This week is Te Reo Maori week in Aotearoa (New Zealand), a week that promotes the use of Maori language. It is time where New Zealanders seek to expand upon their knowledge of Te Reo Maori, the Maori indigenous language of New Zealand ("Aotearoa" in Maori).
The use of Maori language in branding must be treated with respect. For brand owners, Maori language is more important than it may first appear. It is not uncommon for a brand owner to create what it considers to be an invented word only to find out that it is in fact Maori, or for a brand owner to misinterpret a Maori word - sometimes with unintended embarrassing consequences. Furthermore, in the Japanese language in particular, transliterations of numerous Japanese words are also, coincidentally, a Maori word.
Can all Maori words be registered as trade marks?
In New Zealand, for the purposes of trademark registration, a Maori word is taken to mean the same as its English translation, irrespective of whether the trademark owner either knew or understood the Maori meaning of the word. So, if a transliteration of a Japanese trade mark happens to create a Maori word it may encounter an unexpected distinctiveness objection.
In White Cloud Dairy Innovation Limited 1, the applicant sought to register the word KURA for various classes 5, 29 and 30 goods including, flavourings for beverages, ice cream and frozen yoghurt. IPONZ refused registration of the mark as "Kura" is the Maori word for "red, scarlet" and is thus descriptive and non-distinctive. In such a case there is no room for argument regarding consumers' knowledge of the Maori language nor whether the Maori word is less likely to be used for a particular product. As the Assistant Commissioner noted herself:
"I must assess the distinctiveness of the trade mark from the perspective of an ordinary person who is fluent in te reo Maori. Any other approach would not give proper recognition to the status of te reo Maori as an official language of New Zealand" 2.
It is worth noting that whenever registration is sought for trade and contains a Maori word or image, it should be referred to IPONZ's Maori Advisory Committee, to determine whether or not the word or image is likely to be offensive to Maori. However, as noted below, it is not the Committee's role to determine whether or not such a trade mark is otherwise registrable. In particular, the Committee will not obstruct registration of a trade mark such as KURA simply because "kura" is distinctive or descriptive. In that context, brand owners should not rely upon the Committee to determine whether or not a Maori word is appropriate or available use or register as a trade mark.
Be careful with use of te reo Maoriin branding
It is more common for a brand owner to adopt a Maori word as a trade mark, knowing of its Maori origins and meaning. However, as with many languages, Maori words can have different meanings - particularly if a word is missing macrons which in Maori indicate how the word is to be spoken. Two recent cases helped to demonstrate these risks. Although the risks do not present a strong legal risk they certainly can present embarrassing commercial ones.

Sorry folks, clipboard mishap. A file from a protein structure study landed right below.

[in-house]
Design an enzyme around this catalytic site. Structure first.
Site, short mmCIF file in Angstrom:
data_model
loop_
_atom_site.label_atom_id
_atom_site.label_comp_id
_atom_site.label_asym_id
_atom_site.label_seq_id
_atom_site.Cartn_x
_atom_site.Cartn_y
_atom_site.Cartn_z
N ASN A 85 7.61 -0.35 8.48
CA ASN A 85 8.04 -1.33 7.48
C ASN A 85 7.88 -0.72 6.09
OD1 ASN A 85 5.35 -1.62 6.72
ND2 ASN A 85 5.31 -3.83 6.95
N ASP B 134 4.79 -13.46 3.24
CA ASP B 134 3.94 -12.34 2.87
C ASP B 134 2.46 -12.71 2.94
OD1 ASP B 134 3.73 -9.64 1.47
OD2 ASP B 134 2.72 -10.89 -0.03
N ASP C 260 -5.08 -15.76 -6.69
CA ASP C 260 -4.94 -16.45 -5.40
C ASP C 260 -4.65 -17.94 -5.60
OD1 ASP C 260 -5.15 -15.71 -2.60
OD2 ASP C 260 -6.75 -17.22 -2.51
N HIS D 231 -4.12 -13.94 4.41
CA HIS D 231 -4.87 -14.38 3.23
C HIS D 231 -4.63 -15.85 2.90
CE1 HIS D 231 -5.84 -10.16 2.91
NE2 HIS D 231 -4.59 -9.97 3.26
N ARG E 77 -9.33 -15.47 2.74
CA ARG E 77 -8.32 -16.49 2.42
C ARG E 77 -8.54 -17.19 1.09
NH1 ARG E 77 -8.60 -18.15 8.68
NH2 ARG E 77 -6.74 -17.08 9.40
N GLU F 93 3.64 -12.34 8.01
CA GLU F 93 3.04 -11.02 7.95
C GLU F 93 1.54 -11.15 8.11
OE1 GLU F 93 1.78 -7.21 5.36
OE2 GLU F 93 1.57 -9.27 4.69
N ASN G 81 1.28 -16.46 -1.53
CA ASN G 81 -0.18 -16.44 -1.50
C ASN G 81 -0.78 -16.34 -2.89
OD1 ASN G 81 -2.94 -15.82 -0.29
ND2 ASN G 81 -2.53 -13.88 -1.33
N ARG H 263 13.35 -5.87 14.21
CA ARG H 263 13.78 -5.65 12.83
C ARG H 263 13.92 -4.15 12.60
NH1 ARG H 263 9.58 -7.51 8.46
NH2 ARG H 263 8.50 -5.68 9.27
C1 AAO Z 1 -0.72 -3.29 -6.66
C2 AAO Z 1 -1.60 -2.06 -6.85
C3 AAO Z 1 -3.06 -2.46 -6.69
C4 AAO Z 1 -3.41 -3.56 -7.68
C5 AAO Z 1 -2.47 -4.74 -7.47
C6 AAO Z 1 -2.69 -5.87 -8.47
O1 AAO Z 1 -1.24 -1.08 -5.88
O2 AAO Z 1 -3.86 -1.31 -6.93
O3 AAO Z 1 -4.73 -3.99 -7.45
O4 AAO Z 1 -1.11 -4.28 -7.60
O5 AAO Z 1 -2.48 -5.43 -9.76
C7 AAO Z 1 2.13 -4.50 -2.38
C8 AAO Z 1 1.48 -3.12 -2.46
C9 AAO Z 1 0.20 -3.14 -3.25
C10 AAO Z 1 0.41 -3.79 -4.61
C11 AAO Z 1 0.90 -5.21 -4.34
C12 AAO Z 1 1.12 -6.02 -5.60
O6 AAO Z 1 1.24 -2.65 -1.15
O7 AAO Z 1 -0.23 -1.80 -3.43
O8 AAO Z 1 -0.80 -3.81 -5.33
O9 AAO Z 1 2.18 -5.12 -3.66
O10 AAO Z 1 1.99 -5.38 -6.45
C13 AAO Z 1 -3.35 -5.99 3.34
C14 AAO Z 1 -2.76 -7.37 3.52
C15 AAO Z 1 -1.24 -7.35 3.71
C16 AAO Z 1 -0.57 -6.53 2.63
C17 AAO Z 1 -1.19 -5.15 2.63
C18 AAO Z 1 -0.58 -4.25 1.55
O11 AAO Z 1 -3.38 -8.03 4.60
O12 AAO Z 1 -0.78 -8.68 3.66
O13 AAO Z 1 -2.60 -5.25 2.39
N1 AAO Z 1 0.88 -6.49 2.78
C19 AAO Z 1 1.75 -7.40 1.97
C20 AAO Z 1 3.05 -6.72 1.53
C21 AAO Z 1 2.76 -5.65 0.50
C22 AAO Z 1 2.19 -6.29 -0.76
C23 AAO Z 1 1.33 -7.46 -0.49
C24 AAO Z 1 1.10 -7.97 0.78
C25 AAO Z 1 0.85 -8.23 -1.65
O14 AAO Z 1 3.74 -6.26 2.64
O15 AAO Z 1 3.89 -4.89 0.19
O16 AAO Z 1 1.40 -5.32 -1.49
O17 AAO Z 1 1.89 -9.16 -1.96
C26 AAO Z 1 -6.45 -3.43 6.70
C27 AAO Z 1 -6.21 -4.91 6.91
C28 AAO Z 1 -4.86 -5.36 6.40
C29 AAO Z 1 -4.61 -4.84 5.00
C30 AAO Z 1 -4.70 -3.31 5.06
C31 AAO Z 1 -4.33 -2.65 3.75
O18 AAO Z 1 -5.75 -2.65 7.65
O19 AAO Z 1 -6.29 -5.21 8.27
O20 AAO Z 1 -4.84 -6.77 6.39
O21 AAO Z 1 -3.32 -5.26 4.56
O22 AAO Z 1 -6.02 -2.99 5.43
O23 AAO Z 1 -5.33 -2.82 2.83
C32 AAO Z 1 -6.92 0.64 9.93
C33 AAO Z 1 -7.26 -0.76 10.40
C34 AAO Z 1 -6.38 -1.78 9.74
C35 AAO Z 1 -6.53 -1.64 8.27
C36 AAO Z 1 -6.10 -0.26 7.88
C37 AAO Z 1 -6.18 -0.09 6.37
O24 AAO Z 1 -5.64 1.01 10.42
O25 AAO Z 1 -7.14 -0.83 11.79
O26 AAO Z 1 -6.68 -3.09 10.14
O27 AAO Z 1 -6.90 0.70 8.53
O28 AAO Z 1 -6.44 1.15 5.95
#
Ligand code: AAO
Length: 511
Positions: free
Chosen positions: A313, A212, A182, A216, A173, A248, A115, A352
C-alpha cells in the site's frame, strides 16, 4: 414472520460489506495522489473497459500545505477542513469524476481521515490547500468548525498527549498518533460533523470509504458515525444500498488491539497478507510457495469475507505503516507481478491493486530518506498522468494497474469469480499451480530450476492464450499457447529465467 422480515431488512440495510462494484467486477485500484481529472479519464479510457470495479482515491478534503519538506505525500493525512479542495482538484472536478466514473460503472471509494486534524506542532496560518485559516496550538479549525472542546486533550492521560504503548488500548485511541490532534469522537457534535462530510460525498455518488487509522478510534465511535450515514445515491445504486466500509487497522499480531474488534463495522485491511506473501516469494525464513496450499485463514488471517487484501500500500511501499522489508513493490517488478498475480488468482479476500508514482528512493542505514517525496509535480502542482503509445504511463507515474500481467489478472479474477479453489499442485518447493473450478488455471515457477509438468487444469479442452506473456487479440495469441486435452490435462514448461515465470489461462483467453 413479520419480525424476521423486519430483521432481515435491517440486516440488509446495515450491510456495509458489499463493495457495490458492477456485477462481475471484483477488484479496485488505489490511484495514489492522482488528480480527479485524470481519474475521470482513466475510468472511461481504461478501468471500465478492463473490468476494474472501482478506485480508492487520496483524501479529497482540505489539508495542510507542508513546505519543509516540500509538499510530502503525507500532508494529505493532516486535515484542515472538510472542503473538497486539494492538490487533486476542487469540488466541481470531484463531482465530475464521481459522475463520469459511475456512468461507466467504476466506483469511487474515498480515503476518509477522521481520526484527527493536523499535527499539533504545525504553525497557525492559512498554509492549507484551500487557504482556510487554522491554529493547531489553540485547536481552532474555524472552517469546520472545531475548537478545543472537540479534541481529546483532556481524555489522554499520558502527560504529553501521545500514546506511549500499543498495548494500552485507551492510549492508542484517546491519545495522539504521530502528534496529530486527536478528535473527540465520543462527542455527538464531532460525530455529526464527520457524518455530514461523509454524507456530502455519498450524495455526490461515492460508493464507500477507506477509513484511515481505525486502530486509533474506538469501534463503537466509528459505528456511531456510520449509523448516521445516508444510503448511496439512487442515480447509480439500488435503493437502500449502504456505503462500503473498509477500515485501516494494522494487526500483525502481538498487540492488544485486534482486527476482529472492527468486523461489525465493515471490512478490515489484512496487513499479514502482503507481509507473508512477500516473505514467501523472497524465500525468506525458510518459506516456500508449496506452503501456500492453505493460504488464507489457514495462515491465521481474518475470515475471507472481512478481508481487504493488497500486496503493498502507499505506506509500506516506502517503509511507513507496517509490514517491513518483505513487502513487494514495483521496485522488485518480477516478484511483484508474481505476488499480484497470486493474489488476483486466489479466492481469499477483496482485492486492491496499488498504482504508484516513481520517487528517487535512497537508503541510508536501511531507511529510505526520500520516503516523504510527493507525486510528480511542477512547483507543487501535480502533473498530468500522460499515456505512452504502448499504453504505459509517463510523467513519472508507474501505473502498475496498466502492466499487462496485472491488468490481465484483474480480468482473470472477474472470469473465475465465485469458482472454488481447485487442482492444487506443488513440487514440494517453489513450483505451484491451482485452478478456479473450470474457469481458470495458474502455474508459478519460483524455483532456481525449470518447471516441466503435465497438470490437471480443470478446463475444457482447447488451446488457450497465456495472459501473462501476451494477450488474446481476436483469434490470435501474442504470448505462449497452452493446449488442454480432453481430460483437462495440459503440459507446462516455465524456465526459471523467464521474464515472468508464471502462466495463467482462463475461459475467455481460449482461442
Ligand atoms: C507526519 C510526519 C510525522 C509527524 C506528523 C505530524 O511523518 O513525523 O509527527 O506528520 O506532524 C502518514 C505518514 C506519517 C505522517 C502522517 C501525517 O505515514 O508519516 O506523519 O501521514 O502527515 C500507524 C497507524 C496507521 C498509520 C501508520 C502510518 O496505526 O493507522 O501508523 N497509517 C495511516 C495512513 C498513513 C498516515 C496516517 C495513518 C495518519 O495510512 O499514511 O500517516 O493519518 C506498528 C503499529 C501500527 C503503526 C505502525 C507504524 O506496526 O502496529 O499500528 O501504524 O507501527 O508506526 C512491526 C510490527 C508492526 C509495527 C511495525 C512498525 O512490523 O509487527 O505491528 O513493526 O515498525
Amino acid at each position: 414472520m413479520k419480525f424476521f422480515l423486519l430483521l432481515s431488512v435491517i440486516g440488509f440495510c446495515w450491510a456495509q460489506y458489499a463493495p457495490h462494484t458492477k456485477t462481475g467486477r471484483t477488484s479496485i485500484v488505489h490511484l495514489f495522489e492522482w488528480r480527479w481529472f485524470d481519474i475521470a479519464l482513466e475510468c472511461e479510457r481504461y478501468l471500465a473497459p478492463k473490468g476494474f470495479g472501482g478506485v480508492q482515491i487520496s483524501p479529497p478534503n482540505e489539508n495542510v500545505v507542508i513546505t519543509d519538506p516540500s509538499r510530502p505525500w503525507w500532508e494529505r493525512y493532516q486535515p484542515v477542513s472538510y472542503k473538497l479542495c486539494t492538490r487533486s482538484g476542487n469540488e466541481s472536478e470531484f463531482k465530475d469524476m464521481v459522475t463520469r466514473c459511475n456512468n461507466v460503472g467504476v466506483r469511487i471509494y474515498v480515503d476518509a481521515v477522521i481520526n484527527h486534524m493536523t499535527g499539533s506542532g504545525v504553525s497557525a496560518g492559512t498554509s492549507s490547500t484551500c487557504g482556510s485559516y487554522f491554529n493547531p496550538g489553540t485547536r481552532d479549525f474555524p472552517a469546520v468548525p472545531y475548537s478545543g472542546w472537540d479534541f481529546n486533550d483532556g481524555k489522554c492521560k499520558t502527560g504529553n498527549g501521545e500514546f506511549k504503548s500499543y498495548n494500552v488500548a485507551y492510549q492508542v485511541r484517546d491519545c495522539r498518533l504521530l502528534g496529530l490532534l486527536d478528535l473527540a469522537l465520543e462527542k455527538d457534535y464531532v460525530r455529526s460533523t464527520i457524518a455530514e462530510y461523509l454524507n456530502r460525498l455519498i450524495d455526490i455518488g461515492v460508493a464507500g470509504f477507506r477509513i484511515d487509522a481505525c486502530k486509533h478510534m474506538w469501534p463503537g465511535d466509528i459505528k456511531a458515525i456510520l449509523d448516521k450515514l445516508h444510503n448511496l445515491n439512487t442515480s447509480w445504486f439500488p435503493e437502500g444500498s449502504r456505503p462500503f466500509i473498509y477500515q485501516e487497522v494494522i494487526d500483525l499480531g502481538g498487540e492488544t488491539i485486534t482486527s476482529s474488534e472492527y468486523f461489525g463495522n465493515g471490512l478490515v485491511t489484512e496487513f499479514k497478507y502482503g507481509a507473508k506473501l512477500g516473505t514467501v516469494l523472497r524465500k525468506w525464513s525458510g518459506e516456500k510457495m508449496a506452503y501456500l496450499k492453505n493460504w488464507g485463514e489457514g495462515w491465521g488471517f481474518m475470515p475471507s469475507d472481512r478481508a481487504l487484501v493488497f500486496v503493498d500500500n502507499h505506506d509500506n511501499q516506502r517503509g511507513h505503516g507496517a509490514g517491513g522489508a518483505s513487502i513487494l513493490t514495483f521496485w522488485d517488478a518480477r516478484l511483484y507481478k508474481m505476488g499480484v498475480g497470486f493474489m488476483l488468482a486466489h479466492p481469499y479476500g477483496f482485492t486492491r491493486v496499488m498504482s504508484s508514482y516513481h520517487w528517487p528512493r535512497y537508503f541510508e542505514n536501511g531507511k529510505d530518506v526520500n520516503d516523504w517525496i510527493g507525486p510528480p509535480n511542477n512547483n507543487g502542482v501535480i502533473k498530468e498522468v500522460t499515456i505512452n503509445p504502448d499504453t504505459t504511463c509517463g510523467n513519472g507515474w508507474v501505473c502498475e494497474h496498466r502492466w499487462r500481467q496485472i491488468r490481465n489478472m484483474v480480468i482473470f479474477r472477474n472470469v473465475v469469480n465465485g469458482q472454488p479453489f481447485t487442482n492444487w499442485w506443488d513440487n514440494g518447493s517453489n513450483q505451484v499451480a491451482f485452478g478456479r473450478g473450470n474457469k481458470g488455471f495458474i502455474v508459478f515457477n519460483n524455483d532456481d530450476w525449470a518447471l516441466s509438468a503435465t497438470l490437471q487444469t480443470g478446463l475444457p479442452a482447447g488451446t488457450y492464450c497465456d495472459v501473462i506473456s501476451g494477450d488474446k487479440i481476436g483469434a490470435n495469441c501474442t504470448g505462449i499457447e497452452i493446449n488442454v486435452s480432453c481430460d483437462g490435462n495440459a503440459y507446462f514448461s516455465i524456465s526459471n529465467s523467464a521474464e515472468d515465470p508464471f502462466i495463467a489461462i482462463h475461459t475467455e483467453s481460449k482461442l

- Independently, two brand owners adopted the Maori word huruhuru as a trade mark - one as a brand for a range of Canadian beer, the other for a range of leather goods. In both cases the parties correctly identified that huruhuru can mean "feather", which is why each of them adopted the trademark. However, it also has another meeting and one which, commercially, is not so helpful. Specifically, huruhuru also means "pubic hair"3.
- Weta Workshop is a special effects and prop company based in Miramar, New Zealand, producing effects for television and film - including Peter Jackson's Lord of the Rings Weta to many people is understood as the name of an insect native to New Zealand, hence the name. However, the correct word is actually weta, with macrons over each vowel. So, what does "weta" mean? "Excrement", or its more colloquial equivalent, which we need not repeat here. Once again, not really the brand a business would want to adopt and use! 4.
In these cases, the Maori Advisory Committee will not step in to advise the brand owner. As noted above their role is only to determine whether or not adoption and use of Maori word or image is likely to offend Maori or particular Maori iwi (tribe).
How do you stay safe with te reo Maori brands?
The Maori language te reo Maori is a beautiful one, and as such is being adopted more frequently by brand owners seeking to associate themselves with New Zealand.
The safest option whenever creating such a trade mark is always to check all words which could potentially be Maori with the Maori dictionary and a New Zealand IP specialist, to investigate further. As shown above a brand owner may adopt and even register its brand containing Maori words - only to find that, in the words of Led Zeppelin's 'Robert Plant', "sometimes words have two meanings" 5 - one of which may be less complementary than the brand owner realises!
1 White Cloud Dairy Innovation Limited  (1) NZIPOTM 3 (13 January 2017)
2, ibid, para 18.
5 Stairway to Heaven, song by Led Zeppelin, Robert Plant
The content of this article is intended to provide a general guide to the subject matter. Specialist advice should be sought about your specific circumstances.